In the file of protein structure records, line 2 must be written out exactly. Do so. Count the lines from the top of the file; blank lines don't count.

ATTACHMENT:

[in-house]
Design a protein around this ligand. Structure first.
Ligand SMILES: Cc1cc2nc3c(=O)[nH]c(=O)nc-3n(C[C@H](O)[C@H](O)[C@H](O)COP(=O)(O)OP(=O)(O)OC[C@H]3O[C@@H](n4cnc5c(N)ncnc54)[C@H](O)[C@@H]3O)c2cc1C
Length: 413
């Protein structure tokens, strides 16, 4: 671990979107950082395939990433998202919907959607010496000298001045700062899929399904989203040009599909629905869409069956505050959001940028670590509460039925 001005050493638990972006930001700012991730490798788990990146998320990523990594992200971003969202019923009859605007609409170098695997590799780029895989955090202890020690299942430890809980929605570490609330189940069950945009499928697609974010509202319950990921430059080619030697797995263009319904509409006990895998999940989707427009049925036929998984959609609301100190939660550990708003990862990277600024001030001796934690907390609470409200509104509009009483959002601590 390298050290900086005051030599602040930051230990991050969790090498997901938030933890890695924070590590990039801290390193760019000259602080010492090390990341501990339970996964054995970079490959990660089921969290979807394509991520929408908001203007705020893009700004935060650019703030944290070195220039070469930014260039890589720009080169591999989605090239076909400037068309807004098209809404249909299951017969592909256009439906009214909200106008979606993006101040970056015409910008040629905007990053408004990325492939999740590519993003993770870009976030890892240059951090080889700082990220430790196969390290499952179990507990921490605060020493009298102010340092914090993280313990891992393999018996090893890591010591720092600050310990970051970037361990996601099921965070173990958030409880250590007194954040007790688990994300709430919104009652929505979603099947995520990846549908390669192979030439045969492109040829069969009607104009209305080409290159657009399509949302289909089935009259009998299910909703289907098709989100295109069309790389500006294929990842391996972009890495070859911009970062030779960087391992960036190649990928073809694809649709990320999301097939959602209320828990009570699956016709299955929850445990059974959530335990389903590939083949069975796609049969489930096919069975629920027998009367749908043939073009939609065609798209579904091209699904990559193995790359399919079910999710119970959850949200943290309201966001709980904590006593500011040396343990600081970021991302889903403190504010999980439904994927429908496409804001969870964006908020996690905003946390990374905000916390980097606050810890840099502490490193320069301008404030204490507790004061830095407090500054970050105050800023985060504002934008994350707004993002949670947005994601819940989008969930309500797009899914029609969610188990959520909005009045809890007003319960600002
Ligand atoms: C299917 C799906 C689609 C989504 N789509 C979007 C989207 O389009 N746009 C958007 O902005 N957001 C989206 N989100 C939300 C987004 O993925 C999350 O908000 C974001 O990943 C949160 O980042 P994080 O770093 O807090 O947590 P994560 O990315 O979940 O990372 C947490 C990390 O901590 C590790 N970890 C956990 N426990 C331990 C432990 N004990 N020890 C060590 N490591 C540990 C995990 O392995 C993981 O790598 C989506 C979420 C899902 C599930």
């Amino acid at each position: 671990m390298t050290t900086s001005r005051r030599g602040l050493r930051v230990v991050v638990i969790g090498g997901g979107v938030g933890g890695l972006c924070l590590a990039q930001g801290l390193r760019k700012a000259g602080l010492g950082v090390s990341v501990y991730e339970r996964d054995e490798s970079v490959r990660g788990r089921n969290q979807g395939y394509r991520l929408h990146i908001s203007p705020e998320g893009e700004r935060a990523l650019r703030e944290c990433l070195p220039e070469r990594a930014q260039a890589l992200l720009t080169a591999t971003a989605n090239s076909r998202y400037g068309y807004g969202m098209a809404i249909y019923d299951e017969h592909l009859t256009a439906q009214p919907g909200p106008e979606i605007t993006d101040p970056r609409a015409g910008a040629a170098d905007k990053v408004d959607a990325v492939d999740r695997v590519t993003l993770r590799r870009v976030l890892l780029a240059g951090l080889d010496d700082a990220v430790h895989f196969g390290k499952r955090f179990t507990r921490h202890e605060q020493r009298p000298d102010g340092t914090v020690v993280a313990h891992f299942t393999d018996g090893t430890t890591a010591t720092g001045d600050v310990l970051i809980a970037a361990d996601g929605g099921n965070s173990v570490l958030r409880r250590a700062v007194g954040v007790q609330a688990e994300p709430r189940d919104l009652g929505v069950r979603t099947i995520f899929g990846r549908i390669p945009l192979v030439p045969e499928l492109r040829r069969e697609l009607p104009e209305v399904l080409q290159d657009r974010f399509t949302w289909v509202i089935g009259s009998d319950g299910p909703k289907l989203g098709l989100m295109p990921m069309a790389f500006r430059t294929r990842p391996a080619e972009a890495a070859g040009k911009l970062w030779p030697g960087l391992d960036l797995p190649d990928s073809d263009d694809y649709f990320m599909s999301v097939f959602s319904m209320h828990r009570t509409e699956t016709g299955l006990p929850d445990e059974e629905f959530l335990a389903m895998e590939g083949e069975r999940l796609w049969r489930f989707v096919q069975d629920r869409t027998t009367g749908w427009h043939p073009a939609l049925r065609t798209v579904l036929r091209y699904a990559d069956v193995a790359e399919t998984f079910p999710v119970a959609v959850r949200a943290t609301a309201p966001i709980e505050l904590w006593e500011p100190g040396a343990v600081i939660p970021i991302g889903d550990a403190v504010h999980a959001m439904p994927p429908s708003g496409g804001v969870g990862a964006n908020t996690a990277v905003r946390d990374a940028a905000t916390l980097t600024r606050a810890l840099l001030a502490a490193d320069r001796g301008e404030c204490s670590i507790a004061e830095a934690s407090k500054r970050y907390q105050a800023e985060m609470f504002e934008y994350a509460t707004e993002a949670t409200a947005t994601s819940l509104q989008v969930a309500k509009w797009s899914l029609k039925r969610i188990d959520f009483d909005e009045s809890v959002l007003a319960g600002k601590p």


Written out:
Design a protein around this ligand. Structure first.